Baby Formula and Human Milk

Functional Ingredients in Baby Formula Compared to Human Milk

I. Introduction

(i) Background

Brest feeding is of great importance given the advantages that are derived from it by the child as well as the mother ( 2009;, 2009; Hein-Kreikenbaum, 1993). These attributes, therefore, make breast milk an important product that has to be present while feeding the baby. Problems that may lead to the absence of breast milk have prompted the introduction of baby milk formulas that seek to attain the perfection and quality of real breast milk.

(ii) Statement of the Problem

These formulae, however, do not contain all the nutrients present in breast milk, which makes them substandard substitutes for it (, 2009; GrowingKids, 2009; Hayley; Dec 19, 2008). Oligosaccharides are some of the bio-molecules present in human milk and their usefulness has only become clear with the improved research methods and equipment made available by technological advances (Osborn & Khan, 2000, pp. 14). The oligosaccharides stimulate bifidobacteria and lactobacilli growth in the intestines of the human body and are therefore important in the baby’s feed though they lack in baby formula due to the dynamism of the processes that make them (Journal of Tropical Pediatrics, 1997; Meer, & Boehm, Stellaard, Vriesema, 2008). Oligosaccharides are third largest component in human milk and their effect can only be mimicked in formula by the addition of other oligosaccharides other than those present in human milk (Vandenplas, 2002). Therefore, their absence in formulae makes it necessary to look for ways of including them in formulae.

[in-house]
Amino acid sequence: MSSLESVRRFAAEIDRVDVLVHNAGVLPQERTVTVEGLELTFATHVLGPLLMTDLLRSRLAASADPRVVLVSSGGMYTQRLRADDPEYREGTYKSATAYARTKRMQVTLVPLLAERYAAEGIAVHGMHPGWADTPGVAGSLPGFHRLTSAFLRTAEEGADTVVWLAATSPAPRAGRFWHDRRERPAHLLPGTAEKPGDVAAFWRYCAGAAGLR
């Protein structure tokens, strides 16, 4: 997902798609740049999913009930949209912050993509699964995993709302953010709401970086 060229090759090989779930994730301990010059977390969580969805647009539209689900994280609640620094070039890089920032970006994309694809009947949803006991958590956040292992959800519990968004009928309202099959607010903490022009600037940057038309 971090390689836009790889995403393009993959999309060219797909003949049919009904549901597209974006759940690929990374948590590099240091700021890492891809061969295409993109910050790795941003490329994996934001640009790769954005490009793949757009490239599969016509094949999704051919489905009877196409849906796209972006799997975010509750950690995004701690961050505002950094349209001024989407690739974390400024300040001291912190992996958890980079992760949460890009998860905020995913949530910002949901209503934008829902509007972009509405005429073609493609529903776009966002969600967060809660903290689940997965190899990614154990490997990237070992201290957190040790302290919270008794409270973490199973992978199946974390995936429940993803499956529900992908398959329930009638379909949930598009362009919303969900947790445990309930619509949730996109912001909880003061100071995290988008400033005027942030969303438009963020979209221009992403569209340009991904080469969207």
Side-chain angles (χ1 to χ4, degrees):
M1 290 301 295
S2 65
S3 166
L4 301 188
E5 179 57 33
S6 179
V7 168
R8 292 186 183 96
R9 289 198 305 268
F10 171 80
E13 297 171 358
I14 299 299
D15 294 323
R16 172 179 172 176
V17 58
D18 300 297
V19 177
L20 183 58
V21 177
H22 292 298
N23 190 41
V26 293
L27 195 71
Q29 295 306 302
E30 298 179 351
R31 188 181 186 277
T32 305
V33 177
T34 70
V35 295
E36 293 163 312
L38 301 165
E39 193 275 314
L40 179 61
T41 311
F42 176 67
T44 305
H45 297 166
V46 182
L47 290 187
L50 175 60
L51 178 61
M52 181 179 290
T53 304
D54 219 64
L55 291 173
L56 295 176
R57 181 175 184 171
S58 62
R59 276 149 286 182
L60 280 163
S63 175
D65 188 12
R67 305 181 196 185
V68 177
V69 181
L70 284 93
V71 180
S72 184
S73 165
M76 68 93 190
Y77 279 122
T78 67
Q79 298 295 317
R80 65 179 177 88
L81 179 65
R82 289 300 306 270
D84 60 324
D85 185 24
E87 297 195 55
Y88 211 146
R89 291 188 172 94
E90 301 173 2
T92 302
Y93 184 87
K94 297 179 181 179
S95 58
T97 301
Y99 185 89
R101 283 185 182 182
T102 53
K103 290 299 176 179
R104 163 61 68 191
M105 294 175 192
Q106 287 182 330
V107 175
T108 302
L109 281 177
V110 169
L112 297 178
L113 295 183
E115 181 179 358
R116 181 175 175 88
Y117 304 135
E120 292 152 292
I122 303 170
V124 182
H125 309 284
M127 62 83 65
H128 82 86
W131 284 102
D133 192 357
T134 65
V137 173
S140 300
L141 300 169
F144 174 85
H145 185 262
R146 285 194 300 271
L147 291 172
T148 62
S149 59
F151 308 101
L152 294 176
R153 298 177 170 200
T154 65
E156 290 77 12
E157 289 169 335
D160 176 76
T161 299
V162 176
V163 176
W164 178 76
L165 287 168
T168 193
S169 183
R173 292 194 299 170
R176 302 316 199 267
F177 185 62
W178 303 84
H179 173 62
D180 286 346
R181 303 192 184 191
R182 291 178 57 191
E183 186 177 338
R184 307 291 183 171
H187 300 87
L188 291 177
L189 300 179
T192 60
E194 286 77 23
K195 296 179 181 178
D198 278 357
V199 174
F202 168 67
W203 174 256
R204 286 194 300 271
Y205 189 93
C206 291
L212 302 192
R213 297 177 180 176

(iii) Purpose and Importance of the Study